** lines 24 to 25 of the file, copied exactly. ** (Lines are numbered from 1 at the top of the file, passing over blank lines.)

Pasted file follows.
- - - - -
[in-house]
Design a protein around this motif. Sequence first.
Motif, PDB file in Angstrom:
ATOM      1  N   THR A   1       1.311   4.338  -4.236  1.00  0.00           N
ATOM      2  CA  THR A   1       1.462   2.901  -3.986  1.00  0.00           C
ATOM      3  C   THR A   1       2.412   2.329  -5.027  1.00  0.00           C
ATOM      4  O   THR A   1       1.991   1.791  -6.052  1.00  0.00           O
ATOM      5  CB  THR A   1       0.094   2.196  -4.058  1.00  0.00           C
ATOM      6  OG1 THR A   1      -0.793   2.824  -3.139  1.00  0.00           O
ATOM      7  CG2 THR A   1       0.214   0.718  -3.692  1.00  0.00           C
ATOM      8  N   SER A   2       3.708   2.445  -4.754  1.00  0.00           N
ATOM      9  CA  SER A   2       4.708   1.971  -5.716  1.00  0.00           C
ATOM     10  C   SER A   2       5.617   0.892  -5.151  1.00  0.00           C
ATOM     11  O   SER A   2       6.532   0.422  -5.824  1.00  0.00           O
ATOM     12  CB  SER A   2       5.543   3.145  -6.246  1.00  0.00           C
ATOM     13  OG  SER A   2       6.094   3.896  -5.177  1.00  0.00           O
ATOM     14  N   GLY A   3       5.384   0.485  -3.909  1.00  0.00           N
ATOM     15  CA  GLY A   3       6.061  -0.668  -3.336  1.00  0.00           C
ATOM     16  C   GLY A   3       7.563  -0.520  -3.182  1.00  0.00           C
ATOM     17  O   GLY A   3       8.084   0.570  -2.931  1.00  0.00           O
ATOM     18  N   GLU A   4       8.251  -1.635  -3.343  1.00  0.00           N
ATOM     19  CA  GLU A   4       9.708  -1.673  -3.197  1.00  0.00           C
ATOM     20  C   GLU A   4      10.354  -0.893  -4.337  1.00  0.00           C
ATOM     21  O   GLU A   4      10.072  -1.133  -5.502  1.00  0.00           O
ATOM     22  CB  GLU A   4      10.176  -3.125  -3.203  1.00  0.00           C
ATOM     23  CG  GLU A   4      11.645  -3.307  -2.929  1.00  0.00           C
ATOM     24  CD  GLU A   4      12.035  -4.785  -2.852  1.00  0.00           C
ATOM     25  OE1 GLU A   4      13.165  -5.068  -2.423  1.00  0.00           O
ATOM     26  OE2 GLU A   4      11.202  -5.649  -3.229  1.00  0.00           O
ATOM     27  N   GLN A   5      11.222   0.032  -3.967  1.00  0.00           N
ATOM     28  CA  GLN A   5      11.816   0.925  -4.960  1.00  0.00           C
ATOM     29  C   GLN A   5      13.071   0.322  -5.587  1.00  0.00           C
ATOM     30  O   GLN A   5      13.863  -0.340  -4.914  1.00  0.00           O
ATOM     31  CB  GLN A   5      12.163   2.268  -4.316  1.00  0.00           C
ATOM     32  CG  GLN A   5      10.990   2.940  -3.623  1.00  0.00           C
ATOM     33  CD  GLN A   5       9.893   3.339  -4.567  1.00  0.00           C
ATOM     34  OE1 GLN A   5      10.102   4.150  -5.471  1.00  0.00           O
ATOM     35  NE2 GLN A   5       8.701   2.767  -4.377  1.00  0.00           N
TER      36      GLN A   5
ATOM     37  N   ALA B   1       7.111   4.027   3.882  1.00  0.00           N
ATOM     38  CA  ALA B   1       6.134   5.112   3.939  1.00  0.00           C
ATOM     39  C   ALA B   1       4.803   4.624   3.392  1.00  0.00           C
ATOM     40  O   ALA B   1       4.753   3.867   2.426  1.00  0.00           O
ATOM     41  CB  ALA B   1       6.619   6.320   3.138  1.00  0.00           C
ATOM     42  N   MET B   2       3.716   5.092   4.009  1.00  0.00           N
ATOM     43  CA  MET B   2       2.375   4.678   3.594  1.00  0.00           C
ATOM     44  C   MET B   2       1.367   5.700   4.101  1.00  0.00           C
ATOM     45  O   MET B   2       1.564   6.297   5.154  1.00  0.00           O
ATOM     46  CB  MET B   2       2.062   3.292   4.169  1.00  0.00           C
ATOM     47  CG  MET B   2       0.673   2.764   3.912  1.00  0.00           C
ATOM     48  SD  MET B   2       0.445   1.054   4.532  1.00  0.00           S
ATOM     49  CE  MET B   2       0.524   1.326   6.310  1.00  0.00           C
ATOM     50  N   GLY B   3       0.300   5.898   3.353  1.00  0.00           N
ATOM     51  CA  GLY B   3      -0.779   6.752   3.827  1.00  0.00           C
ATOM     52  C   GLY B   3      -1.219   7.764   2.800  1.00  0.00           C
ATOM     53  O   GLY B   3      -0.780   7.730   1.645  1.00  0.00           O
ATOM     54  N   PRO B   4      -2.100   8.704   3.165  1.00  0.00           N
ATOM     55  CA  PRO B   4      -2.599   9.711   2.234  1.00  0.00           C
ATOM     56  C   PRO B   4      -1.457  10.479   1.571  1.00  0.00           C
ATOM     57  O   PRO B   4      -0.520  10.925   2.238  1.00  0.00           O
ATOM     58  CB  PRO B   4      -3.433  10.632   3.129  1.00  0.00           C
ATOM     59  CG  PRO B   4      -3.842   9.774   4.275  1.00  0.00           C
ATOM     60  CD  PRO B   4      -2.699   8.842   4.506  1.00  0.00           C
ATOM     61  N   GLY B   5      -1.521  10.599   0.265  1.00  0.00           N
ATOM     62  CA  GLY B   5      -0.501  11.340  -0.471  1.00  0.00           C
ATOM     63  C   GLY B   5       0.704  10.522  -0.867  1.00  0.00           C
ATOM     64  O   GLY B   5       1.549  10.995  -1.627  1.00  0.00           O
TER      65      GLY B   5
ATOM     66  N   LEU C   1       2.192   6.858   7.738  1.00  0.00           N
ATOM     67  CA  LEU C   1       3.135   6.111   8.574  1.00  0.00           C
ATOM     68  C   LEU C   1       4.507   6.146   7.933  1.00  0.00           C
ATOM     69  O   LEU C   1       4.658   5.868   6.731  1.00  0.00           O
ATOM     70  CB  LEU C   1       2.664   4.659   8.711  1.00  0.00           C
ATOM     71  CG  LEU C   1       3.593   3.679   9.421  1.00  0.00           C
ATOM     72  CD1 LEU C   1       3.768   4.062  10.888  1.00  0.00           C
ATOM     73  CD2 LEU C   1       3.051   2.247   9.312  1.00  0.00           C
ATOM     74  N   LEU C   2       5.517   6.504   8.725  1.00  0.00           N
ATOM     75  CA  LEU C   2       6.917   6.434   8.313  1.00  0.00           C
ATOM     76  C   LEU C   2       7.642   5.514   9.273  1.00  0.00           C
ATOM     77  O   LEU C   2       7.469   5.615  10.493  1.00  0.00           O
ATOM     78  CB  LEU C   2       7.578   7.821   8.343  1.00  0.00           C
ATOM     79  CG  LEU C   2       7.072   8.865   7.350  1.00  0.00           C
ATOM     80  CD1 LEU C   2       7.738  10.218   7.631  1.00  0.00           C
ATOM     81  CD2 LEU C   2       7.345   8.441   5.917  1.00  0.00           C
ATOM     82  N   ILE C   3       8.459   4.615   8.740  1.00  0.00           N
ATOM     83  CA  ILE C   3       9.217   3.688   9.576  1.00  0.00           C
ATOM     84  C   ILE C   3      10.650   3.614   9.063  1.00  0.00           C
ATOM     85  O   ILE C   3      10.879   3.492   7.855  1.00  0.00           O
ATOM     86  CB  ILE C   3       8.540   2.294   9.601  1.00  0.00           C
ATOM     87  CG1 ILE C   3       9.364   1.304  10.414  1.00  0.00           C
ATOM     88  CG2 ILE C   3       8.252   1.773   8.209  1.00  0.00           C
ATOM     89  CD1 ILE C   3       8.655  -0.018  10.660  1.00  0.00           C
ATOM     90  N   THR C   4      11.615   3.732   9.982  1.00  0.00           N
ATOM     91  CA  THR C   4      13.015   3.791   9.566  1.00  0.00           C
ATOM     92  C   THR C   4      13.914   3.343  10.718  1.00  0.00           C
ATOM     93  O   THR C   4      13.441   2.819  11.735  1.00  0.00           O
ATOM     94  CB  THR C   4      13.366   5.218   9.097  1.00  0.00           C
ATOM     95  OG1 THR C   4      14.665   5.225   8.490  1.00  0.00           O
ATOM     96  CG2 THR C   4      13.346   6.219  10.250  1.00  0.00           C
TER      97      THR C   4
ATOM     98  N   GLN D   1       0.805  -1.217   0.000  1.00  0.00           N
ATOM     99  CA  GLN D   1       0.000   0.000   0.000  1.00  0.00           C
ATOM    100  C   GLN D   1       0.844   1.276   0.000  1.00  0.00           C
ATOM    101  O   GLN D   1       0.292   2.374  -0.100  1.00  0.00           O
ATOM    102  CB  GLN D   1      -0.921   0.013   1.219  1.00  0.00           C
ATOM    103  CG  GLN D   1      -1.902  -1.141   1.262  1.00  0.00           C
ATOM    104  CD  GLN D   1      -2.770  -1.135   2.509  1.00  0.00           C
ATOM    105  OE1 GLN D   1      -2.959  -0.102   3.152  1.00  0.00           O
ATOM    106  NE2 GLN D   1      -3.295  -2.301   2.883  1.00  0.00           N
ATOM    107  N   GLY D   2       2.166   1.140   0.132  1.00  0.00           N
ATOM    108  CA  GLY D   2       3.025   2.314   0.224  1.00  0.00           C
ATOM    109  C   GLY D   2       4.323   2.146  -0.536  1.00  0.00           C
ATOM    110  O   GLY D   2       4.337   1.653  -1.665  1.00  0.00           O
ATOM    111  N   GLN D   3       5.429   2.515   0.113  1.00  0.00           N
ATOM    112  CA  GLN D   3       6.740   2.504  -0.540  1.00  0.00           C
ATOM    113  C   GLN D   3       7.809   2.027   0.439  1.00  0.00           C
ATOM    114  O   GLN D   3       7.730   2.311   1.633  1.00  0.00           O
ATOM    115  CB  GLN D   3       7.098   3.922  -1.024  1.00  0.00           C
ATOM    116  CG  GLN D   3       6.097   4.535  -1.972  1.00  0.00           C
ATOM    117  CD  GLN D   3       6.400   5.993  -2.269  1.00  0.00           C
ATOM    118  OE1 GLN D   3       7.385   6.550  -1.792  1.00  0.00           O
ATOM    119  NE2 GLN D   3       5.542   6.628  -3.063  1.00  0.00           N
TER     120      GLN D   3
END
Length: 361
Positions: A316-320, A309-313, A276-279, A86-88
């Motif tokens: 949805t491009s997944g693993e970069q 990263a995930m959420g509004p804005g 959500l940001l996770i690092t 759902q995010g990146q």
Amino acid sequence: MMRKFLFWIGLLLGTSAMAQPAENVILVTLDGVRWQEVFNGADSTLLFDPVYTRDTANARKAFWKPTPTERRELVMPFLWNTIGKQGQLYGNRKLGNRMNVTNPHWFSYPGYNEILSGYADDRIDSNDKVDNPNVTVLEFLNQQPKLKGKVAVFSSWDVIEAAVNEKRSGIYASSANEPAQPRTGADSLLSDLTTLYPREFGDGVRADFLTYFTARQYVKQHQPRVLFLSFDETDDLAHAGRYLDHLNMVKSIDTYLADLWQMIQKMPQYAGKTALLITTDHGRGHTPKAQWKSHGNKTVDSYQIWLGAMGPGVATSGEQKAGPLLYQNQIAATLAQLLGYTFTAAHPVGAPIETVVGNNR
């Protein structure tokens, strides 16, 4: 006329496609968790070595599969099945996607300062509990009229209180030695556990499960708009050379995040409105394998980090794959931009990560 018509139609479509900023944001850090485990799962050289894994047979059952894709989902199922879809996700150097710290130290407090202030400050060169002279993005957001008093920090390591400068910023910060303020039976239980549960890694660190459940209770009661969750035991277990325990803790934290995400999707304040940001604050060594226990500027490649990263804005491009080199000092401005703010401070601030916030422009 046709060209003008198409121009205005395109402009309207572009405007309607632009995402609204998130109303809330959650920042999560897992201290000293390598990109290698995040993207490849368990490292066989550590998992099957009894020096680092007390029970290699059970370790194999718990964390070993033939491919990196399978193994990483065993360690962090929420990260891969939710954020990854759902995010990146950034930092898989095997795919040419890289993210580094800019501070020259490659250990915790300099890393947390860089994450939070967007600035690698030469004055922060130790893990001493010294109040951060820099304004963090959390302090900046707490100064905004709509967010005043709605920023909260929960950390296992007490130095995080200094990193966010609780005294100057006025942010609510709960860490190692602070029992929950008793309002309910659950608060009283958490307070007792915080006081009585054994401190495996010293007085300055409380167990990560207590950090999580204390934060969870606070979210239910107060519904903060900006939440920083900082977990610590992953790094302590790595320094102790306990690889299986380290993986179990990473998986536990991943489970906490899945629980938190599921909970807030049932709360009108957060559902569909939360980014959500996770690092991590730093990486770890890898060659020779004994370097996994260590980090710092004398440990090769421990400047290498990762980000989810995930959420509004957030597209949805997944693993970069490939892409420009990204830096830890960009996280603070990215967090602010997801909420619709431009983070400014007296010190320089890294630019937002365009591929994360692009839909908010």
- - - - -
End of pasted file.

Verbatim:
ATOM     21  O   GLU A   4      10.072  -1.133  -5.502  1.00  0.00           O
ATOM     22  CB  GLU A   4      10.176  -3.125  -3.203  1.00  0.00           C